It’s concerning how lawmakers want to highlight things that occur in Harris County and apply that all across the state. It’s concerning that the narrative around the ODonnell case, which was bail reform for misdemeanors in Harris County, has been used as a talking point for why bail reform is bad for folks charged with felonies. When you think through the various talking points that are being used to push this legislation, it is misleading at best.
NPPJ: You mentioned the process to get the bill through and I’m curious what that process was.
TC: The process involved denying the people the ability to speak up and share their concerns. And it’s not just right now in this second special session, but during the regular session, too. Opponents of Senate Bill 21 came out in droves. And what we found on the ground on the Senate side was that when they had to have a public hearing, they locked the doors at 7 that night. They put bail reform as the very last item on the agenda so our folks didn’t get to testify until 4 a.m. If you weren’t in the door by 7, you were locked out as a member of the community if you wanted to testify about the bill.
The processes that are in place as they try to push through this regressive and, what I would deem and others have deemed, unconstitutional bill is what makes it very concerning.
NPPJ: Why do you think bail reform is such a high-priority item for Gov. Abbott and lawmakers now?
TC: I will not deny that there has been an increase in violent crime around the country. Where we disagree is the reason behind it. We know the pandemic has everything to do with why people are suffering and struggling more.
I think Gov. Abbott is the main person who’s been touting a handful of cases and saying that we need to prioritize public safety. And yet this bill does not do that. Anytime you have policies and practices and legislation that are rooted in wealth and cash bail, you will not actually addressing the root causes of crime—you are just ensuring that people without enough money, and particularly people of color, remain in jail.
NPPJ: Why is it that Texas is trying to push through this regressive bail bill when you have states like New Jersey, New York, even Washington D.C. that have largely done away with cash bail?
TC: It’s interesting. I think Texas would distinguish itself as a leader on criminal justice reform. I think Texans are proud of things in the past, and I do believe that Texas prides itself in doing things its own way.
From my perspective, this bill goes hand in hand with other regressive legislation like voting restrictions. The goal is to maintain the status quo.
NPPJ: For better or worse.
TC: For better or worse. I do think that Texas would like to see itself as a leader on these issues. But on this particular bill, it’s unsafe, unwise and I would even argue unconstitutional.
NPPJ: If this bill passes, how will it affect charitable bail organizations like yours?
TC: Our clients at The Bail Project are people who can’t even afford the 10 percent for the bail bondsman. We put up the full bail amount, reunite them with their families and connect them to services and resources based on their needs. And if a regressive bill like this passes, it directly affects organizations like ours and by consequence some of the most vulnerable people in our communities.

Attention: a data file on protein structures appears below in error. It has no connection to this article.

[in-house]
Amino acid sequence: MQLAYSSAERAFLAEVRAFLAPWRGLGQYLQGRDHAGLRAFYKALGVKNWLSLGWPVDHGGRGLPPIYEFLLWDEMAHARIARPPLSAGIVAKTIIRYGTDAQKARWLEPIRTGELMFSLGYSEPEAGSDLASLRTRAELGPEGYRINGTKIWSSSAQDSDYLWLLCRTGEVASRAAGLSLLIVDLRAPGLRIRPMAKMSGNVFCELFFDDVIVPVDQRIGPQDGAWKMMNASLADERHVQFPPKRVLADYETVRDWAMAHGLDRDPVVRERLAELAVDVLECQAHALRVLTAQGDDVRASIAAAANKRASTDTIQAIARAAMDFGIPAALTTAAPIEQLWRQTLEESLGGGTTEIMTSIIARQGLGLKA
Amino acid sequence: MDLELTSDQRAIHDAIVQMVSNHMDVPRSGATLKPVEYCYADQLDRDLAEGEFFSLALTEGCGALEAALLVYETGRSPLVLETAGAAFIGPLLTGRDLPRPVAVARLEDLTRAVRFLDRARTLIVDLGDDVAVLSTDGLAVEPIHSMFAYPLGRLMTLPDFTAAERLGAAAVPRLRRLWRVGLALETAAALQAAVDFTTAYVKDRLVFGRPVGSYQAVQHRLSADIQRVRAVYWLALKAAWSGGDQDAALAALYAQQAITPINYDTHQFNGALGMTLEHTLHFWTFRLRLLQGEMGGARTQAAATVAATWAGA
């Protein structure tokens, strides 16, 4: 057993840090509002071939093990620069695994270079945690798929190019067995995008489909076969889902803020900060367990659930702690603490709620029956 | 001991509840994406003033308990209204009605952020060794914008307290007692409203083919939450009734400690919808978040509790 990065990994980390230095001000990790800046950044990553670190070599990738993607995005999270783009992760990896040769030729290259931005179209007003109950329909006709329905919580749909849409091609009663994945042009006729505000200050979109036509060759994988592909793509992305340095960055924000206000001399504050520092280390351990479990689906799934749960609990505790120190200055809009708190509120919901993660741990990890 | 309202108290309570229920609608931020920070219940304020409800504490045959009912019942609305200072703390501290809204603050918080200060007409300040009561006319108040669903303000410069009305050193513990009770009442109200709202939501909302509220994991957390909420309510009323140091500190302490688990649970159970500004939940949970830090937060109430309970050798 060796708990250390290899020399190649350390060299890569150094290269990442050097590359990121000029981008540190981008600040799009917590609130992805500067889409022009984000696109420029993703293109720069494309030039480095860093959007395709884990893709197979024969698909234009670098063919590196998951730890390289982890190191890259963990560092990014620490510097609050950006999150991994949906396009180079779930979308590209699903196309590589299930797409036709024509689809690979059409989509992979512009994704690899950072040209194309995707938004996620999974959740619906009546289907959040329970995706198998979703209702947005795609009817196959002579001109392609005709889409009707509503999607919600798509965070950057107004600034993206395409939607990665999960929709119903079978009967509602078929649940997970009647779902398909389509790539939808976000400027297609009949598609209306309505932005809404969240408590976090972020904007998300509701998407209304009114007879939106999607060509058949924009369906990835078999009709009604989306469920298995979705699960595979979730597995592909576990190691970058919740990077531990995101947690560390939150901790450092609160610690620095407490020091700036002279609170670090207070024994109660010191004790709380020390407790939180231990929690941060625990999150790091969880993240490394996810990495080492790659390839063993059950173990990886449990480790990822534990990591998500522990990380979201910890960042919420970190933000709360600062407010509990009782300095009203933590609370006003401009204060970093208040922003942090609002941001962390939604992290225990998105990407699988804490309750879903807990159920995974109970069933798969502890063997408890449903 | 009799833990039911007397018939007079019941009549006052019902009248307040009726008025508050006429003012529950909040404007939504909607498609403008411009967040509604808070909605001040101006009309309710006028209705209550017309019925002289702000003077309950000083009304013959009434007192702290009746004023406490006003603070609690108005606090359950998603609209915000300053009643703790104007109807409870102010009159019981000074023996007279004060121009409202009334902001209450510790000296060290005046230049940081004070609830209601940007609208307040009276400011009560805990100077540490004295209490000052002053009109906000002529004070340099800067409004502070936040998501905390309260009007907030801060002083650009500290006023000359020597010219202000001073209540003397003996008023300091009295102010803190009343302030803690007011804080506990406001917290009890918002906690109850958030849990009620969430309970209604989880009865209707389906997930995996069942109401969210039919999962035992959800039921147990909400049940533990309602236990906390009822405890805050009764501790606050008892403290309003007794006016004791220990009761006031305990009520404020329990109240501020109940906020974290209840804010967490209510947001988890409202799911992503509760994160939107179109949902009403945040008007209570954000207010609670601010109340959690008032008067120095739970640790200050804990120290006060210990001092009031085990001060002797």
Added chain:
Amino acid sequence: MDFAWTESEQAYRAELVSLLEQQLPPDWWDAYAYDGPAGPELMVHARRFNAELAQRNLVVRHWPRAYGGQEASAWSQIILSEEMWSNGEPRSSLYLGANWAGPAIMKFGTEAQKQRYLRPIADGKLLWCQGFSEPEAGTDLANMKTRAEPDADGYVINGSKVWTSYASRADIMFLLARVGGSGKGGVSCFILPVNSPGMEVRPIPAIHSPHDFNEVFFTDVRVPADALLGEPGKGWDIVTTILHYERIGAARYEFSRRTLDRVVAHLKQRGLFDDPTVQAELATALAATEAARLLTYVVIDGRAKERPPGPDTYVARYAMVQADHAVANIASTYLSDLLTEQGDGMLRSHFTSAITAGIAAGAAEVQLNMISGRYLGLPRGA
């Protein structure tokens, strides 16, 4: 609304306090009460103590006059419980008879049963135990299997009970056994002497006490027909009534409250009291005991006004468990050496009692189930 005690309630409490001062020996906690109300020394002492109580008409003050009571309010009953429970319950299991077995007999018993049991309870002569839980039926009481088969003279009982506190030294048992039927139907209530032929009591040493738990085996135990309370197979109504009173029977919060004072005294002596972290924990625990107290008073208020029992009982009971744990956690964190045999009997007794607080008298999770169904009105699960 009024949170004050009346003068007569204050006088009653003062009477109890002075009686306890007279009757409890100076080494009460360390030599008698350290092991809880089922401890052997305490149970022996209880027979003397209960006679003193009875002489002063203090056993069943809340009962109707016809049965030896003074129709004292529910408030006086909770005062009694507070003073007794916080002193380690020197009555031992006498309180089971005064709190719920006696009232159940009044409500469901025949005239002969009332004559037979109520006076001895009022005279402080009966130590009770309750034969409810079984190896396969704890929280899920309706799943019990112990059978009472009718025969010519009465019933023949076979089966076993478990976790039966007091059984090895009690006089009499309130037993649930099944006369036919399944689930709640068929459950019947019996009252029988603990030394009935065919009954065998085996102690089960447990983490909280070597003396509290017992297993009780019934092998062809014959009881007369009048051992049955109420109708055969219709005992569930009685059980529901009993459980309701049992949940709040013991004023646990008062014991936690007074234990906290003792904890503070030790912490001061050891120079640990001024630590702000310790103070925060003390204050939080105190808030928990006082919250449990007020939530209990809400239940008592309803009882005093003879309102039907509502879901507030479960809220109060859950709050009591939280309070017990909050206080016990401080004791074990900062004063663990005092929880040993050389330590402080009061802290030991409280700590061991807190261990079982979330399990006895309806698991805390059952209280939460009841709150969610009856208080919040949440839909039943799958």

The fact they are attacking charitable bail funds is beyond offensive when you think of the sheer government overreach into independent nonprofit organizations. And I want to be clear: This legislation carves out churches; it carves out small bail funds that bail out three or fewer people in six months; it carves out family members; and it carves out bail bond agents. So, the only folks left are charitable bail funds, which historically have always existed in Black and brown communities. These communities have always pooled their money together to get a loved one home. They figured out how to pool their money, form an entity, and do it in an organized way. And they are now subjected to this legislation.
There are at least 14 charitable bail funds operating in Texas. So when you think about who’s carved out of this bill and who’s left standing, it’s the folks running these bail funds who want to help their families and fellow community members during a moment of need. And largely the people who operate these bail funds are the ones who will be subjected to this legislation, many are run by women of color.
NPPJ: Why go after charitable bail funds? If the state is going to double down on cash bail, why does it matter where the money comes from?
TC: We know there’s a coordinated attack by the bail bond industry, which donates to elected officials who then sponsor and push these bills. When you think of the fact that charitable bail funds are the community’s response to mass incarceration—to have this legislation target us is offensive.
Because even from a public safety standpoint, a bail bond company can still bail out whoever can afford their fee. But we can’t help people for free, even though, unlike bail bond companies, nonprofit organizations like The Bail Project also connect people to services and resources to address needs that might be leading to arrests in the first place. Isn’t that a more responsible intervention?
Texans should certainly be asking why we are expanding a cash bail system that we know is expensive, racially discriminatory, and counterproductive. And to make matters worse, why is it that lawmakers are targeting charities while giving free rein to private companies that profit from people’s desperation.
It’s unfair, certainly discriminatory in its implementation and in its creation, and it’s going to result in folks like Hervis Rogers unable to get out.